Letter to the editor:
Many communities have passed bans, moratoriums and protective ordinances to address the dangers of the newer method of drilling for gas and oil called high volume horizontal hydraulic fracturing, or ‘fracking’ for short. Some countries such as Wales, Scotland, France, Germany, Ireland and Bulgaria have instituted bans or moratoriums on fracking.
Vermont and New York have passed statewide bans and twps. counties and cities in Tx, CA, Ohio have passed moratoriums, and ordinances. Several townships in Michigan have also passed moratoriums and implemented ordinances. The City of Grand Rapids is working on a moratorium and others are in the works.
Protective ordinances can be developed to address heavy truck traffic, fresh water withdrawals, Pipelines, 24/7 lighting and noise, dangerously open well pads, storage and transport of chemicals, baseline water testing, etc. Moratoriums are often enacted to provide time to develop good protective ordinances.
Three nonprofit environmental groups have received a grant from the Wege Foundation to help communities develop individualized protective ordinance packages at no cost to the municipality other than travel expenses (from Traverse City). This week Brian Keeley, from Kent County Water Conservation, presented this information to the Barry County Commissioner’s Committee of the Whole. The commissioners voted not to accept this opportunity.
Do the commissioners not care about the health and well-being of their citizens?
Do they not want to protect the quiet, clean and peaceful nature of Barry County from industrialization?
At virtually no cost to them or the residents they represent?
What are they thinking?
If you share the concerns of many of our Barry County residents regarding the potential environmental, health and esthetic problems related to fracking, please contact your local government officials. Urge them to take advantage of assistance from experienced professionals who can help us develop comprehensive protective local ordinances to address the dangers of fracking to our community. Protect Barry County!
Jackie Schmitz 3/17/15
Letter to the Editor: Hastings Banner
It was a crazy idea 60+ years ago for Michigan to let an oil company put pipelines through the water of the Straits of Mackinaw, across Michigan and the St. Clair River at Port Huron. Those old pipes are moving 500,000 barrels of heated, heavy tar sands crude oil from Western Canada to China and Europe.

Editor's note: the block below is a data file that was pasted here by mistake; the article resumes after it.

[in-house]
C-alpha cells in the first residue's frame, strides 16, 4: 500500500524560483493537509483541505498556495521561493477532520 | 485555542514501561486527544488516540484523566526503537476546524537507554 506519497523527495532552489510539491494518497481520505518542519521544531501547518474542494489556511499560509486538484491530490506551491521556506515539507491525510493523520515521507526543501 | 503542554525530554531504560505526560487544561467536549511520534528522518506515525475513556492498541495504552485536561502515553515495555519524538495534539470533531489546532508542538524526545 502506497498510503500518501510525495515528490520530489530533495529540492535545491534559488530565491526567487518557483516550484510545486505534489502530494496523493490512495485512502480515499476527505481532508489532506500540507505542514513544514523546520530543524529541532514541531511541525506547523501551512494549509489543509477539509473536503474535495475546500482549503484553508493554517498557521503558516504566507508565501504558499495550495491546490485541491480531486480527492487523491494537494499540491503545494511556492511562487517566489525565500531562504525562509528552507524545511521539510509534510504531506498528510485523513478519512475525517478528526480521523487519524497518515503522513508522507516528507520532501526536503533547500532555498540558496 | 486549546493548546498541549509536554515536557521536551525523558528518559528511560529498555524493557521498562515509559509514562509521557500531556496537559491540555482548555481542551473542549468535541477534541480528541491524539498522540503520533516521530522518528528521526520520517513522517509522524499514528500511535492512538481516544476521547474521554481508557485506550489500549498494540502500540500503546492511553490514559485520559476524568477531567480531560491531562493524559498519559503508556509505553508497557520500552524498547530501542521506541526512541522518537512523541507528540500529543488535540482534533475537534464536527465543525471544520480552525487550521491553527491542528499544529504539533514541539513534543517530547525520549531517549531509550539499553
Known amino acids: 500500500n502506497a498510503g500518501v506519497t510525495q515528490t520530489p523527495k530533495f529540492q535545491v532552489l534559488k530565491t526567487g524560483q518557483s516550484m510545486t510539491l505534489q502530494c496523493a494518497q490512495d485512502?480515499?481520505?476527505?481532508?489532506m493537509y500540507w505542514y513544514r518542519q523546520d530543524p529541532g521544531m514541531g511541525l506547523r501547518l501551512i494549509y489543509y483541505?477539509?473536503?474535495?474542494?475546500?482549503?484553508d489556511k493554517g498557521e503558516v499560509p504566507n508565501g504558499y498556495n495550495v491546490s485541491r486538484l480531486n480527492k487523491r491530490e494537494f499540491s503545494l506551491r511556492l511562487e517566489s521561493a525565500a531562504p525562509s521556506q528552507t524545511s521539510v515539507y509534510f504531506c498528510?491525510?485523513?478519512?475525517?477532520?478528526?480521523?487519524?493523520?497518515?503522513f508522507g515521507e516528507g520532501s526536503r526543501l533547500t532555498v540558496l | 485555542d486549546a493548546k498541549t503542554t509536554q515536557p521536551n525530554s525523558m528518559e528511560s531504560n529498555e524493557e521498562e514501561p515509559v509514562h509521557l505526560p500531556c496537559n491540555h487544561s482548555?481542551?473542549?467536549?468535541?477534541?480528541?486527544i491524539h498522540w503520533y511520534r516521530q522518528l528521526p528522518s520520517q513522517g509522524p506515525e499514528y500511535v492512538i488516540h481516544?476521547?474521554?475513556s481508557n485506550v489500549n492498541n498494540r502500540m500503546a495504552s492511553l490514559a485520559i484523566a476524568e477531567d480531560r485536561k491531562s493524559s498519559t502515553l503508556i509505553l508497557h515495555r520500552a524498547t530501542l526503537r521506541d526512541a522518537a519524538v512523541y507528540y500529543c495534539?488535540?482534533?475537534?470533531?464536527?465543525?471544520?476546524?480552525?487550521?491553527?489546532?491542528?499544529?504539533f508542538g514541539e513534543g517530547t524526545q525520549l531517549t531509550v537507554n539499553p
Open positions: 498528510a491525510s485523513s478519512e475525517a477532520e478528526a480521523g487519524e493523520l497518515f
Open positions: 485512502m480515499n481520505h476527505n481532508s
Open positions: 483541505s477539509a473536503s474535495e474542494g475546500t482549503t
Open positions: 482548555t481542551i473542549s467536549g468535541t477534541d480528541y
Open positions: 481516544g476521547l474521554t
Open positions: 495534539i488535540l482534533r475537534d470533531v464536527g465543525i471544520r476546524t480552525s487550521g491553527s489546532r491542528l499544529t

The Enbridge Company operating those old pipes have offered no believable engineering evidence that those pipes are safe. Of course, the company says the pipes are safe. What else would you expect? You remember the Enbridge pipes with the huge oil spill in the Kalamazoo River four years ago. A leak in water would cause major damage to fishing industry and life there. Oil companies ought to be required to take complete cost for the damage done from breaks in their pipes.
The public interest demands constant checking on those old pipes and equipment for immediate shut off. None of this is going on now and it is time this kind of surveillance is installed in the public health interest. The public ought to demand the best possible protection against a break.
Governor Snyder needs to use his authority to push plans to get those pipes out of the water before disaster ruins life in those waters. It is impossible to clean up all that tar. The life of fish and other water life is being risked to help Enbridge sell oil to the world. Concerned people ought to ask Governor Snyder at P.O. Box 30013, Lansing 48909. The future of generations unborn demands this.
George C. Williston 28 March, 2015
Board Pass on Wege Grant is a Pass on an Opportunity to Protect Our County
I am disappointed, but not surprised that the Barry County commissioners voted to turn down a $5,000 grant from the Wege Foundation to explore ordinances to control oil and gas development in the county. At a January public information session on environmental issues in Barry County, Matthew Zimmerman of Varnum Law referenced the Michigan Zoning Enabling Act (125.3205) which states that “a county or township shall not regulate or control the drilling, completion, or operation of oil or gas wells…” I believe that the outcome of last week’s board meeting was set at that point. Although the statute only applies to well pads and Mr. Zimmerman went on to explain the wide latitude local municipalities have to regulate other impacts associated with drilling, it seemed at that moment county officials took a free pass to fold back into a Business as Usual policy.
The purpose of the presentation brought to last week’s county commission meeting by the Barry County Community Rights Team, given by Brian Keeley of Kent County Water Conservation, was to preview what the county can do in terms of enacting protective ordinances regarding oil and gas development activities. Whether or not the process results in ‘new information,’ it would be worth it to send a message to the Michigan legislature, DEQ, and DNR that Barry County is interested in protecting its natural resources from unsustainable and unsafe commercial practices.
“They” (whatever that means to each of us when we think of who is going to protect our land, air, water, health , and ecosystems) are not going to change until “we” change and demand protection of the natural resources we have left. If the local people in a region don’t protect their own neighborhood, who will? Not the State, corporations, or federal regulators. When we demand that our neighborhood be protected, an opportunity like the one proposed in Barry County will be something that the board will be happy to undertake.